son,4this may be portions of that ves
sel wrecked during the late storm.
Excellent Thoso Sugar Cured Ilains, and
that Fresh Roll Butter, Fresh Buckwheat,
(this year's crop), Corn Meal, Cracked "Wheat,
lloininy, etc., at Case's. 1-tf
School Books. I have lately re
ceived all the different kinds of New School
Books required to be used in this State, that
can now be found in San Francisco. Also,
Slate pencils, Blotting pads, a good as
sortment of Stationery, Drawing paper,
CARD BOARD, Perforated board, Ink,
(Carmine, Purple and Black). Likewise a
new stock of Crockery, Clocks and a large
assortment .qtLamp CJmnneys, all of
which will be sold cheap for cash.
oltf v Cfcepainug s- Astoria,
- .4. . ; f ? , . 3
Ice Blockade Bursted !
Communication Opened from Port
land to the 3ea !
Ten Oe.ean Vessels Passed into
the Wallainet from Columbia
River, on Friday Last !
Vessels at Portland Making haste
to get Away before the River
Shall Close Again !
C1 . i,i,
DOCK lOOm 101 loui ainpb tu xuau
at Once at the Emporium
of Oregon !
The Columbia river is still frozen over,
above the mouth of the "Wallainet, and is
liable for some time yet to again shut off
communication with Portland, although
it ib hoped that the shipment of grain and
flour will not be stopped again this season.
It has always been patent to every one
acquainted with our rivers that shipping,
particularly heavy shipping, should be
done from the mouth of the" Columbia.
But while our commerce was small light
draft vessels did the carrying trade which,
with some inconvenience,could do the riv
er carrying also; hence, the river steam
boats were not prepared to do what legiti
mately belonged to them. But as com
merce increased, the inconvenience of the
old method increased, and great losses en
sued. Merchants, however, become es
tablished at their trading posts, and having
it aUo in their power, for the present, to
shift the losses From themselves to the pro
ducer, have been slow virtually refusing
to change from the old methods to that
appointed by nature, and demanded by an
enlarged commerce, for thebest advantage
and prosperity of Oregon. They have
endeavored to conceal from the farmer a
knowledge of all the i'acfc, but the business
of the State is now so large that any obsta
cle is felt sensibly, and qilickly, by many,
and those who are hurt will not long suf
fer in silence. Portland merchants, by
chartering only small vessels, and by ob
taining thousands of dollars from the
General .Government for dredging, have
been able to get the vessels to JL'ortiaud,
claiming also that tho river, once opened,
would continue a gcod and sufficient chan
nel. But dredging out sands did not keep
out the frost, and Portland has been ice
bound. A large trade suddenly stopped;
losses incurred thereby, and she made to
acknowledge some things. They now ad
vise that, as the periodical rises of the
rivers will continually close up or shoal the
mouth of the "Wallainet, and as the mouth
of tlie Columbia slough is not closed with
ice so long as the proper mouth of that
river, future appropriations be expended
in deepening the, channel through the
slouffh. This slough is the lower mouth
of the Wallamet river, and joins the
Columbia at St. Helens, about twenty
miles below where the upper mouth emp
ties ik waters into the Columbia. The
slough is a narrow,, crooked, shallow
channel, running down between the main
land and Sauvies' Island.
A few ve-sels drawing nine to eleven
feet were taken through this course during
the freeze, but it U crossed y a ledge of
rock which renders it unsafe for ocean
vessel even of light draft.
The steamer Gussie Telfair struck these
rocks in going through and also scraped
on the sand shoals. Through this slough,
river boatb passed during the freeze until
last Fi iday, when the Columbia was open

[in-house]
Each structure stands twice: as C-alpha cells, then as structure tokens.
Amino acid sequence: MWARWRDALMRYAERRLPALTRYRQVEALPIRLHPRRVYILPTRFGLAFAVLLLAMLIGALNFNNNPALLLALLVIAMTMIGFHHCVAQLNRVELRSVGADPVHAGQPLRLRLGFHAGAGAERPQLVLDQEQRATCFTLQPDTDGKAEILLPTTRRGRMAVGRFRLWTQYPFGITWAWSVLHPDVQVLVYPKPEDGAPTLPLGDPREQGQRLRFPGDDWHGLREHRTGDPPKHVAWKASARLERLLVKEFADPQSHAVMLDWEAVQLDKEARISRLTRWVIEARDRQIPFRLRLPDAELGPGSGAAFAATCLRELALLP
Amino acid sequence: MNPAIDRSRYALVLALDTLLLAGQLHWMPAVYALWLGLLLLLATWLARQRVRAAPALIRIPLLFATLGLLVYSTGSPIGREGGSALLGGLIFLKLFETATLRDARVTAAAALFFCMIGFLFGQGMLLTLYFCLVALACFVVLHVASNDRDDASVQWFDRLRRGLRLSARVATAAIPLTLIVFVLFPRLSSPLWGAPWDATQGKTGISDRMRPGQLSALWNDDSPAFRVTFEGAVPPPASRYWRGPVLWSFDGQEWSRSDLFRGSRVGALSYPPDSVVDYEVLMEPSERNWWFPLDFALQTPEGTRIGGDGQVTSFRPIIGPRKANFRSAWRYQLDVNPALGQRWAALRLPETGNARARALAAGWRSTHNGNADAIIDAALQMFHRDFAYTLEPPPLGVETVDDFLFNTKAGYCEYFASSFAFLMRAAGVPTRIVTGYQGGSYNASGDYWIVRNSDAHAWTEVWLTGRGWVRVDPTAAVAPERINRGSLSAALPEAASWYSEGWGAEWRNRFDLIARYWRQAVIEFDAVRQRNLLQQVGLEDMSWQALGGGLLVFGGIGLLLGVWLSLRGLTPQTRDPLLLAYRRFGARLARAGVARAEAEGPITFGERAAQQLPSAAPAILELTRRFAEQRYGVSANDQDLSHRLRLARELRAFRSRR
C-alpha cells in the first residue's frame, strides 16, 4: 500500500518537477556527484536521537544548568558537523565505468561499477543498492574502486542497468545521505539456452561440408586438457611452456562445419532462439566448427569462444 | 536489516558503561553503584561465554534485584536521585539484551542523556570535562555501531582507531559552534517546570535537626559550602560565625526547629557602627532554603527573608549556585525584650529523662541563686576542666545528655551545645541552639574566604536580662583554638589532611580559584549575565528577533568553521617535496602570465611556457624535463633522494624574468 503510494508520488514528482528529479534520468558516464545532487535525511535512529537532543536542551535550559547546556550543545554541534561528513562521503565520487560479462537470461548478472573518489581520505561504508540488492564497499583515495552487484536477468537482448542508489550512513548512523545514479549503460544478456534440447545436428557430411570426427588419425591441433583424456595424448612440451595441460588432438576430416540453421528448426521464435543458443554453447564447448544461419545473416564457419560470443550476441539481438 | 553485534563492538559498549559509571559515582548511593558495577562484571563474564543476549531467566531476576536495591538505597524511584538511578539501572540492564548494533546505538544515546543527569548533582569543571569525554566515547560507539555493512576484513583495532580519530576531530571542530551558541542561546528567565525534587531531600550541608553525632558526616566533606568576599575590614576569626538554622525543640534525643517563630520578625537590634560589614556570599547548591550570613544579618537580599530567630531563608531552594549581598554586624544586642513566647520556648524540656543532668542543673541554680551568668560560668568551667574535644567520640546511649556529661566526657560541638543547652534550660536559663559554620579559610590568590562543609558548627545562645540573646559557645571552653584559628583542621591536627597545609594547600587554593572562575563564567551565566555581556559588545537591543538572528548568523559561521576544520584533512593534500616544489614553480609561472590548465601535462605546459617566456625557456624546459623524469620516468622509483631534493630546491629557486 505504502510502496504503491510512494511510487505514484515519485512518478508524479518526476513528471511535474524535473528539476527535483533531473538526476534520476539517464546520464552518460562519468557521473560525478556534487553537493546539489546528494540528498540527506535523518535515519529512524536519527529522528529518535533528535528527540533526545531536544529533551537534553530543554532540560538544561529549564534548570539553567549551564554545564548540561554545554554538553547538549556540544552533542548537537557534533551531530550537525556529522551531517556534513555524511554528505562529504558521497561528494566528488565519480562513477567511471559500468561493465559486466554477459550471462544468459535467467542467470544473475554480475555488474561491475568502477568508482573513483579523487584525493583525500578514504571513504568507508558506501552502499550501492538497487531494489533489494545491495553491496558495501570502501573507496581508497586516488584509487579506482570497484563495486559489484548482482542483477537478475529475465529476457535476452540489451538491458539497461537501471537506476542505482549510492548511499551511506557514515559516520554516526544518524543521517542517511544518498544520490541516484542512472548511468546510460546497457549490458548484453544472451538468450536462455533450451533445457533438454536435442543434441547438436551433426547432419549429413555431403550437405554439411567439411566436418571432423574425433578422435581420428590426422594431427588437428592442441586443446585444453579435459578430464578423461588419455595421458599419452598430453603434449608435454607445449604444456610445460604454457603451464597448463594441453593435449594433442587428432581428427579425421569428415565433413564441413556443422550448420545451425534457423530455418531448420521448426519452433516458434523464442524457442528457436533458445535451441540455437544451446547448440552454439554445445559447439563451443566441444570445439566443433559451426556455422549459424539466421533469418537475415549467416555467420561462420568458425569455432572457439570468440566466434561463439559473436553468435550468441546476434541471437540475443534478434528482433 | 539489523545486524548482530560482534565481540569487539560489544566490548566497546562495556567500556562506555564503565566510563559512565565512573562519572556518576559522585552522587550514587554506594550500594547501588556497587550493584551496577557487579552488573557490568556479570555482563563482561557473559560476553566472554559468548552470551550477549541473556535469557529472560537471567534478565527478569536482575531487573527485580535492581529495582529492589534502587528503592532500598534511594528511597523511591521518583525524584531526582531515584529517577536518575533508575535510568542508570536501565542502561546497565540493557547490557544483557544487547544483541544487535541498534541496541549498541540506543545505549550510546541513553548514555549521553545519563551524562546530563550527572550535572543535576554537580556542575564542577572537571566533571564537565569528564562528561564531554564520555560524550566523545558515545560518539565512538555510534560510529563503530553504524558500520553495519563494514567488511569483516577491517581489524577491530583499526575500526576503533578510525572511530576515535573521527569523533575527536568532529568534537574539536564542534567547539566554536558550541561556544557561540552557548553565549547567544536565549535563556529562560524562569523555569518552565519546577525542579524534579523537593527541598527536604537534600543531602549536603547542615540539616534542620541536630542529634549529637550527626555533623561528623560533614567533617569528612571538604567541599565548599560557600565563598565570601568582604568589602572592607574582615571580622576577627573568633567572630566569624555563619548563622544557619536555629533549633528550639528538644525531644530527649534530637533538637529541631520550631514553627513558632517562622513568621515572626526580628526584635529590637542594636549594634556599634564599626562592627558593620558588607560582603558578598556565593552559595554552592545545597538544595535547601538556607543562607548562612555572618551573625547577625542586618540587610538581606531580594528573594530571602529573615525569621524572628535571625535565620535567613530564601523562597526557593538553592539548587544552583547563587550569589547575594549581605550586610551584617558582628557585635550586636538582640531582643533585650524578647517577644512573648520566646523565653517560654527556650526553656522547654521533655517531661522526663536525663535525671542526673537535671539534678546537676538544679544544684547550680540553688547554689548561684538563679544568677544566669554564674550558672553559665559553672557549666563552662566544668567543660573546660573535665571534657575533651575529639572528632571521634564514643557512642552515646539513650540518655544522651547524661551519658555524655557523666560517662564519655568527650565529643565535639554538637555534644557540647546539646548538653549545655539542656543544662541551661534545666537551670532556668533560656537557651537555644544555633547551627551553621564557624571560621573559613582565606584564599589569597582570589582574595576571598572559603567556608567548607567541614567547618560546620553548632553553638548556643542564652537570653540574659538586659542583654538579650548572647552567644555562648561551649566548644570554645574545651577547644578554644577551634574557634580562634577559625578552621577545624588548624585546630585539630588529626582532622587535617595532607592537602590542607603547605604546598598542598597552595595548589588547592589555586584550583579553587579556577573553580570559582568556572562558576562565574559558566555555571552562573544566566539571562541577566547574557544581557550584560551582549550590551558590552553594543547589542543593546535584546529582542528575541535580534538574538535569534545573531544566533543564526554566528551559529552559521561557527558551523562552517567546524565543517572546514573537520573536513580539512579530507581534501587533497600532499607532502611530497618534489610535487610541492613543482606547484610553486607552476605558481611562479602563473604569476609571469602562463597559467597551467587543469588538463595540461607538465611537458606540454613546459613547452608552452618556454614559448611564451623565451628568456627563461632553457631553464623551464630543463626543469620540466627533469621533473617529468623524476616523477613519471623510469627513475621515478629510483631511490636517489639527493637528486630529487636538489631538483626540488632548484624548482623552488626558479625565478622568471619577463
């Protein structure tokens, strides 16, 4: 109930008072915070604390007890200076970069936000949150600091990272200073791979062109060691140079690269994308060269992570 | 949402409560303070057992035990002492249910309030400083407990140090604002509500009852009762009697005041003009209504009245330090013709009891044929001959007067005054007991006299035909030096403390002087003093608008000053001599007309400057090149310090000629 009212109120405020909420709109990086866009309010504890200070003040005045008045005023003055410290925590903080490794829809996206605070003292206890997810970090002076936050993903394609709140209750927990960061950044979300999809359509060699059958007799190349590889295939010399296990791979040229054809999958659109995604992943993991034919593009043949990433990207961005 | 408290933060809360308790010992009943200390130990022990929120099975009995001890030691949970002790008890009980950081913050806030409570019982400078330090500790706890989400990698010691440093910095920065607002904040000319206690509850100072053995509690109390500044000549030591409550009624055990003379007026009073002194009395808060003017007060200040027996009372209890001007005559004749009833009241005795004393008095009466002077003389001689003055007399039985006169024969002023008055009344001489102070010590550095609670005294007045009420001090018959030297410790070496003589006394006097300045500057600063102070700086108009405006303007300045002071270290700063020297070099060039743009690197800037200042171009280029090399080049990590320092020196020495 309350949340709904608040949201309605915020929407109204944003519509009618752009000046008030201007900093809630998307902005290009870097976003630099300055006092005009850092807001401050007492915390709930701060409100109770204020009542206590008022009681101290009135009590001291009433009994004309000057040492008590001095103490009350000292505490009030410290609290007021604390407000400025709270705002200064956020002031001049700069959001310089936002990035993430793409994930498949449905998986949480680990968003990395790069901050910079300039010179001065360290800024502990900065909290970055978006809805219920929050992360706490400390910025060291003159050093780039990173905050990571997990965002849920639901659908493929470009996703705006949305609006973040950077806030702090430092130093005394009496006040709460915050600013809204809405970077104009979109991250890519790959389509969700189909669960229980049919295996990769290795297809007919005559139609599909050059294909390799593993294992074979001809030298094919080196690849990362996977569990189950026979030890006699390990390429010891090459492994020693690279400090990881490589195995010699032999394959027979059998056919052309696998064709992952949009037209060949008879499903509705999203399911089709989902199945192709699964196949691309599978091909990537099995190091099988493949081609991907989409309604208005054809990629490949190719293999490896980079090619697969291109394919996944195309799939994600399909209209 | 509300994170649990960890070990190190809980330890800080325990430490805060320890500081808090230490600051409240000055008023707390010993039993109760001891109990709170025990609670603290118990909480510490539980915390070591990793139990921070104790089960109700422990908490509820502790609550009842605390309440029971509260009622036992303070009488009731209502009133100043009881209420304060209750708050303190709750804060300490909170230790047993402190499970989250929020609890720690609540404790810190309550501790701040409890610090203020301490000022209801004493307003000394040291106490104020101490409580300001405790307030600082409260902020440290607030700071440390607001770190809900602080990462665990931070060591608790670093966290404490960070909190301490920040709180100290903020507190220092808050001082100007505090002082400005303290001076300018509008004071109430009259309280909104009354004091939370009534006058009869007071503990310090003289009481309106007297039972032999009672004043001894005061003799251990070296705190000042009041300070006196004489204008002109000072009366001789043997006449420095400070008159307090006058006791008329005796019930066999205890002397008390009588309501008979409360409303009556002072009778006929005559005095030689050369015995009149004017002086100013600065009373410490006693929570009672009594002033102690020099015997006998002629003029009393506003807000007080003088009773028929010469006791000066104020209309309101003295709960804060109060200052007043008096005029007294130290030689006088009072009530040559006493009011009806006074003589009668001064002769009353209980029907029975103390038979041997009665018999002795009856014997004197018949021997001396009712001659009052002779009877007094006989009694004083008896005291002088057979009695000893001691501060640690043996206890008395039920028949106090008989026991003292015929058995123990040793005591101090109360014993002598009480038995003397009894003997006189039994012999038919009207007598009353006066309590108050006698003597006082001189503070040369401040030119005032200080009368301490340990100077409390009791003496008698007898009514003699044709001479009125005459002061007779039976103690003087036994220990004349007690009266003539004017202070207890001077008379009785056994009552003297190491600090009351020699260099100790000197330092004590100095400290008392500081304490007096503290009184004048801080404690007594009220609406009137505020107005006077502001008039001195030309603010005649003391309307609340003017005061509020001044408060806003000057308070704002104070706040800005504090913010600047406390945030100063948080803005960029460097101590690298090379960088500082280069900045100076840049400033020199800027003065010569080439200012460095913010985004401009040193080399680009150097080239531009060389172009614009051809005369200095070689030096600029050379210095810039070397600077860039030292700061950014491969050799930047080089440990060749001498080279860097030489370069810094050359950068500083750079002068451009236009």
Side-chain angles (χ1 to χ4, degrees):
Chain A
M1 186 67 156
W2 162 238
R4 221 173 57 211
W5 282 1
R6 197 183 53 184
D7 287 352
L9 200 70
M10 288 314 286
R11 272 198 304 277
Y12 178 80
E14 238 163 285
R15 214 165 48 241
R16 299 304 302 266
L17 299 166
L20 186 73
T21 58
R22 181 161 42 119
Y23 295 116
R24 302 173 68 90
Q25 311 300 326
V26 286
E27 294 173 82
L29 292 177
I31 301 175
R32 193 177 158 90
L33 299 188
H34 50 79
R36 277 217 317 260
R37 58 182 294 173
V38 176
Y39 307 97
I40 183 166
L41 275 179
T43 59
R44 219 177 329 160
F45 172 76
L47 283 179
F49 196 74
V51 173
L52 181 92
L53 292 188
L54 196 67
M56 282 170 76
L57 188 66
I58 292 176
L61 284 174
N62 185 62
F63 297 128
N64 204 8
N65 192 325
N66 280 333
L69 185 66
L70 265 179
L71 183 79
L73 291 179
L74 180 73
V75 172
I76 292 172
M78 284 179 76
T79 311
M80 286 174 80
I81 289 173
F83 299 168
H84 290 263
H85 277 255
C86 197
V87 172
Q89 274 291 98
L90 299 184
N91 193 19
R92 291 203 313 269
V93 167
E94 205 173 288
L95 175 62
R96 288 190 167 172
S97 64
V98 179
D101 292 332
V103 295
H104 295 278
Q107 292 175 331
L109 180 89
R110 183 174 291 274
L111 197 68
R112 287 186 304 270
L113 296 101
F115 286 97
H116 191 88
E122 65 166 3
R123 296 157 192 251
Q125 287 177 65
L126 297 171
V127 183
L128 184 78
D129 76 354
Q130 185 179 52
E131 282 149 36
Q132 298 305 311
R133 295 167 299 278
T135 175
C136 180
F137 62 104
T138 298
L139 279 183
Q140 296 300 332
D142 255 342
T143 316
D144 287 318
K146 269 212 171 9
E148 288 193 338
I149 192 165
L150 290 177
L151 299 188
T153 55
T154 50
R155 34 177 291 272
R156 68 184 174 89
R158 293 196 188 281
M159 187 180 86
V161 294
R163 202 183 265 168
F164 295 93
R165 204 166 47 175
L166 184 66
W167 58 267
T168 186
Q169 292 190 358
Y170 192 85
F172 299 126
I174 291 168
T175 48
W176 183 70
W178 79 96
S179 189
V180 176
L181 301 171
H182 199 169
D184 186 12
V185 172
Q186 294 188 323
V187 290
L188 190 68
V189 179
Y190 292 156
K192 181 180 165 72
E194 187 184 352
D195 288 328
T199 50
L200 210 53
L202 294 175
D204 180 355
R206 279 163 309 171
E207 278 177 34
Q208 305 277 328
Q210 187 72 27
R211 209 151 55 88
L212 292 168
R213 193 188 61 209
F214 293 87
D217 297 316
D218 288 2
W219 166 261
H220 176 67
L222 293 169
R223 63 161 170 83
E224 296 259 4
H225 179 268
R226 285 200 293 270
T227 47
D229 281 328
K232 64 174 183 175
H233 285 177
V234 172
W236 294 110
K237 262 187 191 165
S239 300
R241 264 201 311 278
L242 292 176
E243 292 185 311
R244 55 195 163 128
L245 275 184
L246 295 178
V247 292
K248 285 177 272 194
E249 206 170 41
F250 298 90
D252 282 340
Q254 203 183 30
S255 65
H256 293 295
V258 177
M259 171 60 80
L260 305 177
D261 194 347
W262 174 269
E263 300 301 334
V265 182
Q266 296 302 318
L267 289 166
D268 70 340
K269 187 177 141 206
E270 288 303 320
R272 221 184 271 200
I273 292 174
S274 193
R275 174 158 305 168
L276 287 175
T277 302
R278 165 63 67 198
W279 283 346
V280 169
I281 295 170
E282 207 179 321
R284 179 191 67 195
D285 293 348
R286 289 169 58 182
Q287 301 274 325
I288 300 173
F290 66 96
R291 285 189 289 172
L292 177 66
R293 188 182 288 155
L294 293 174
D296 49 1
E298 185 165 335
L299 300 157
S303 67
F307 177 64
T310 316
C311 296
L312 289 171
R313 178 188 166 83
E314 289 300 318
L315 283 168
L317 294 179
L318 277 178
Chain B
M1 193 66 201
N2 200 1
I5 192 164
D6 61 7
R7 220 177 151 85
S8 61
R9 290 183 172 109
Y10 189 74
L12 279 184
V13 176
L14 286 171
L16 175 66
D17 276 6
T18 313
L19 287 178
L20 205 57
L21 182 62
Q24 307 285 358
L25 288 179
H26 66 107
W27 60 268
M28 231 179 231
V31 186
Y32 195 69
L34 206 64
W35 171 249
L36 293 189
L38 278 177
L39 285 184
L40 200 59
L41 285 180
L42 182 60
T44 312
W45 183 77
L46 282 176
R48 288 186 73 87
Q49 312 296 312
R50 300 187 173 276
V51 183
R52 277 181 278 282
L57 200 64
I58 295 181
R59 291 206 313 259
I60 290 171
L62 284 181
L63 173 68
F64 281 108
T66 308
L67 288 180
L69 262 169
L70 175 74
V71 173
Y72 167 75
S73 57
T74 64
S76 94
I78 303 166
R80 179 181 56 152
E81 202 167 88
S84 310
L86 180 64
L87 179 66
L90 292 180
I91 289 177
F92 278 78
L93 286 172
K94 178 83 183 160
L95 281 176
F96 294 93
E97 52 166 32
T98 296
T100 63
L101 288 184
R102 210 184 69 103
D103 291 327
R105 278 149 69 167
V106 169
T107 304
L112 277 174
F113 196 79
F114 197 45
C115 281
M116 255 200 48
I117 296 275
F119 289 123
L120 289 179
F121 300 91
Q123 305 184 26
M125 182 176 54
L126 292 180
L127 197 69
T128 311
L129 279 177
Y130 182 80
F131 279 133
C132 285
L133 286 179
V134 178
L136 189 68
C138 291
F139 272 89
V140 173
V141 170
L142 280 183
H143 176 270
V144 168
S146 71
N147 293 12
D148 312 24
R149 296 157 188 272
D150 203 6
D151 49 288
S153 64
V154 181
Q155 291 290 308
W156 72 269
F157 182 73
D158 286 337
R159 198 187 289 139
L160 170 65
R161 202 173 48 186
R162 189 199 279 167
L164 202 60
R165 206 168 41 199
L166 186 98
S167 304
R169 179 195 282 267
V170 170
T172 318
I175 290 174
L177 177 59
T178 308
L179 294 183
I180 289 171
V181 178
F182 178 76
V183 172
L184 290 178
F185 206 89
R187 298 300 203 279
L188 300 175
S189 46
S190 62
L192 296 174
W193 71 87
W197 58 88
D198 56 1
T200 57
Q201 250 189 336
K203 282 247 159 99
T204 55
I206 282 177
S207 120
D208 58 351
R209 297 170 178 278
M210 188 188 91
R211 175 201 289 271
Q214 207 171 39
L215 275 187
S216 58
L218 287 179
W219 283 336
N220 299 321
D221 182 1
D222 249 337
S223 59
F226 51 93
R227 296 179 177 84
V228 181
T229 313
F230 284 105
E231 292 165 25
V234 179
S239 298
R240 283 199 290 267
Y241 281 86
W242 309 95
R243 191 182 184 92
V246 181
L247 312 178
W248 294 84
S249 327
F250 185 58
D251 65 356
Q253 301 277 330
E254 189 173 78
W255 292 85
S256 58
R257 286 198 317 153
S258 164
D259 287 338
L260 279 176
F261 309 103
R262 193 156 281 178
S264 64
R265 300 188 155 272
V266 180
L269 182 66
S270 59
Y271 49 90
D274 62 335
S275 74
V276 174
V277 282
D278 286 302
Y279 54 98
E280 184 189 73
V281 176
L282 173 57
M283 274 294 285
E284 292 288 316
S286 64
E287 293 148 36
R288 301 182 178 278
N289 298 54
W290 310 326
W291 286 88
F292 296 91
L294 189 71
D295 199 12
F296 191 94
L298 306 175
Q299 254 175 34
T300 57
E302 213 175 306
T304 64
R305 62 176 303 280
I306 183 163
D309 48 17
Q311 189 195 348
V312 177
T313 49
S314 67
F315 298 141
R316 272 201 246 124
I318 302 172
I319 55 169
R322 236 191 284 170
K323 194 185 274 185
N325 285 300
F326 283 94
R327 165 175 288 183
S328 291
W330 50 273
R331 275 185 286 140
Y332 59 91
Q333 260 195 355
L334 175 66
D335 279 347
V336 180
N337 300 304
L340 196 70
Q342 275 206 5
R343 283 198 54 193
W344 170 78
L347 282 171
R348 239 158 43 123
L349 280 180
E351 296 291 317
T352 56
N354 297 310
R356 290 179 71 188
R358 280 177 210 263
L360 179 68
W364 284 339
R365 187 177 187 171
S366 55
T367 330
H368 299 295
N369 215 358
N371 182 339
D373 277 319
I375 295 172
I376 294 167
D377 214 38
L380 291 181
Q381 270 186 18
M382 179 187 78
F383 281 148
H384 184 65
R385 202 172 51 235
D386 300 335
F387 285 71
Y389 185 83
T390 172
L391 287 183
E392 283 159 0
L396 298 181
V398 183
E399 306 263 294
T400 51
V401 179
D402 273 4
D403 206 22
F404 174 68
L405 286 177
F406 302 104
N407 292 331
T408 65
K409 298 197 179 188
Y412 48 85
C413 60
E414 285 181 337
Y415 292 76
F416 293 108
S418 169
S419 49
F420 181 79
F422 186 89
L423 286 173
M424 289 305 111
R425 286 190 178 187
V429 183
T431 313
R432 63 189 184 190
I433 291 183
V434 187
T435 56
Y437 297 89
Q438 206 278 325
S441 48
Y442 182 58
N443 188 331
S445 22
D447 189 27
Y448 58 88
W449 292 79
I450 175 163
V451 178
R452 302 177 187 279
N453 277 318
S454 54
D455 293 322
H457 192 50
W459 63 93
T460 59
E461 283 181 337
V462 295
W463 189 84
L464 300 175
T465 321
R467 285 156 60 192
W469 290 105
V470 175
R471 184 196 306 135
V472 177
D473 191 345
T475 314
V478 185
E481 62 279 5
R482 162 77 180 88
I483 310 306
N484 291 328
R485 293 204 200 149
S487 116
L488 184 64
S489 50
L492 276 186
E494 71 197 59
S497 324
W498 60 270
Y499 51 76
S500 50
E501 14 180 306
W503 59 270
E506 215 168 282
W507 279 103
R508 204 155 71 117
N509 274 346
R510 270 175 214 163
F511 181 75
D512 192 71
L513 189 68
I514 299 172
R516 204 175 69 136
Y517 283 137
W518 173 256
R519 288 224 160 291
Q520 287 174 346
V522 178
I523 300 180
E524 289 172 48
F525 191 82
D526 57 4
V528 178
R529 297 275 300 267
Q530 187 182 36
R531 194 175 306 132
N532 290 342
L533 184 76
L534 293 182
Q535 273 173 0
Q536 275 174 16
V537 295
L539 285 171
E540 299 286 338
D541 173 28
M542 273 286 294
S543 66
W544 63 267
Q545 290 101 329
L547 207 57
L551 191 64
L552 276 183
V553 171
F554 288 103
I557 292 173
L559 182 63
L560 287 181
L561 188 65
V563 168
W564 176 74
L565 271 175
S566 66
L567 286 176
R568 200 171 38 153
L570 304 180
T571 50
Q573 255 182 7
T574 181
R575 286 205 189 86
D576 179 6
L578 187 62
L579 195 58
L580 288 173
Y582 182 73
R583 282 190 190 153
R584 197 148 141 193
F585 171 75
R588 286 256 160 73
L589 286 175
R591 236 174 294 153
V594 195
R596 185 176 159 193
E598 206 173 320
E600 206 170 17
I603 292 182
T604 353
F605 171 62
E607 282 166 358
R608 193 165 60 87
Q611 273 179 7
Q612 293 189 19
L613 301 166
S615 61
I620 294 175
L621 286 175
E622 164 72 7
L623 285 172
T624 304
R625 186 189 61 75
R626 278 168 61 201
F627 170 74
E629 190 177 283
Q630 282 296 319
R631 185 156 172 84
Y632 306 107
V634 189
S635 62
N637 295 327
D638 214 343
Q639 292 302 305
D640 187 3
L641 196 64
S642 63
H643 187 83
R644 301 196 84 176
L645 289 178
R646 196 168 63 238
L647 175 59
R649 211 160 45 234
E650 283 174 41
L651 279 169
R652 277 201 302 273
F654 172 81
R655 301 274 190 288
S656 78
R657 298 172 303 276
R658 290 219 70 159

ed to the upper mouth of tho Wallamet
river. Below this slough the Columbia
river was closed for several days with ice
which soi"ui gave way but between the
two mouths of the Wallamet the ice was
gorged, as at Willow bar, and resisted
vessels like the steamer Ajax until last
Friday, when it was opened, and a fleet
of ten vessels reached Portland. But now,
we are told only four ships can load at
one time, and there is great haste among
all to get away.
Ben Holladay is expected here
to-day on the Orillamme, health con
There is not now, nor never has been,
a vessel in San Francisco harbor that could
not take on a full cargo at Astoria clocks,
and go to sea with it. The Three Broth
ers, the largest vessel afloat, could load
The British ship Sagamore, Wood,
which it was expected, t..ree months ago,
would load here with wheat for Europe, is
" too large for Portland" we presume, be
ing of l,o42 tons register, and will conse
quently take our gj-ain on board at San
Erancisco. The Sagamore could have re
ceived her full cargo at any one oi the
Astoria wharves, but it is a part of the
policy of Portland to keep deep sea ves
sels out of this trade entirely, which win
account for the Sagamore stopping at San
Francisco last week.
k Ox for hS'ale. One stout, heavy
built work Ox, eight years of age, gentle
and well broken, weighing between 800
and 900 pounds, is offered for .sale on arj
plication at' John Douglass' fanch, Lewis
:erl - ' 'w' ' d27t
The barentine Jane A. Falkinburg,
Brown, for Portland, Oregon, and
the bark Comet, Perriman, for San
Francisco both left Honolulu on the
7th. The Falkinburg arrived, here
on the 26th. Her cargo consists of
2,703 kegs sugar, 300 bags rice, 100
bales pulu, 50 tons salt, 50 bunches
bananas, 20 bags pea-nuts.
Capt.Brown has placed us under
obligations for files of papers to the
6th from which we clip as follews:
The Gazette foreshadows a panic in
these werds: Coin is becoming more
and more scarce every month, owing
to its being carried to foreign coun
tries bv passengers and ships, till
now the business of the place is done
almost wholly, with silver certificates
and small silver change. Xevei be
fore has there been so much dispo
sition to sell and buy on credit, even
for- smallest items which really
means till the purchaser can pay.
And yet our writers on currency
maintain that it will right itself, if
we only let it alone and do nothing,
till the balance of trade comes around
in our favor. Before that time ar
rives, government will be obliged to
dismiss half its officers, and reduce
largely the pay of the remainder,
while the imports and exports and
commerce of the port will have been
largely curtailed. These may ap
pear to. some to be idle croakings but
they will be found to be the stern